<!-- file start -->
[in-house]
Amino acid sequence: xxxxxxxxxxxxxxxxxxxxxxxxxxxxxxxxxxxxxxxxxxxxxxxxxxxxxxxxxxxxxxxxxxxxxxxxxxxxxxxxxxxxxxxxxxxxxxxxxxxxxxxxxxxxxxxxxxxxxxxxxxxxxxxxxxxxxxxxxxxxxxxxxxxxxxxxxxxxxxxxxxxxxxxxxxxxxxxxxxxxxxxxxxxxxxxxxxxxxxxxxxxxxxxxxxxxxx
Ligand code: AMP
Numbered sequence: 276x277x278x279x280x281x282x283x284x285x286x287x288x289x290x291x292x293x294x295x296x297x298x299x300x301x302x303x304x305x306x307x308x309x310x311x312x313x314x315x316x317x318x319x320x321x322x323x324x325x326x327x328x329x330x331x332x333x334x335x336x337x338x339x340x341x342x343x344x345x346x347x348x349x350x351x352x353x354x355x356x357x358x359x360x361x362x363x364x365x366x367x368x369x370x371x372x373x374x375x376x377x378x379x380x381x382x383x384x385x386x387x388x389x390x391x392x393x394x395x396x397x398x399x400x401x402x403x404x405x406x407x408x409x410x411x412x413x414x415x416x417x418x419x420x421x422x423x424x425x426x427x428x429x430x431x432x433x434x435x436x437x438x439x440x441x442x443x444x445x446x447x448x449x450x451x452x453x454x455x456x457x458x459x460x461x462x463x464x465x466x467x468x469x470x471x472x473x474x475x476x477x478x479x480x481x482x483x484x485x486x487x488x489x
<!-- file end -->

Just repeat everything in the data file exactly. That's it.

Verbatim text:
[in-house]
Amino acid sequence: xxxxxxxxxxxxxxxxxxxxxxxxxxxxxxxxxxxxxxxxxxxxxxxxxxxxxxxxxxxxxxxxxxxxxxxxxxxxxxxxxxxxxxxxxxxxxxxxxxxxxxxxxxxxxxxxxxxxxxxxxxxxxxxxxxxxxxxxxxxxxxxxxxxxxxxxxxxxxxxxxxxxxxxxxxxxxxxxxxxxxxxxxxxxxxxxxxxxxxxxxxxxxxxxxxxxxx
Ligand code: AMP
Numbered sequence: 276x277x278x279x280x281x282x283x284x285x286x287x288x289x290x291x292x293x294x295x296x297x298x299x300x301x302x303x304x305x306x307x308x309x310x311x312x313x314x315x316x317x318x319x320x321x322x323x324x325x326x327x328x329x330x331x332x333x334x335x336x337x338x339x340x341x342x343x344x345x346x347x348x349x350x351x352x353x354x355x356x357x358x359x360x361x362x363x364x365x366x367x368x369x370x371x372x373x374x375x376x377x378x379x380x381x382x383x384x385x386x387x388x389x390x391x392x393x394x395x396x397x398x399x400x401x402x403x404x405x406x407x408x409x410x411x412x413x414x415x416x417x418x419x420x421x422x423x424x425x426x427x428x429x430x431x432x433x434x435x436x437x438x439x440x441x442x443x444x445x446x447x448x449x450x451x452x453x454x455x456x457x458x459x460x461x462x463x464x465x466x467x468x469x470x471x472x473x474x475x476x477x478x479x480x481x482x483x484x485x486x487x488x489x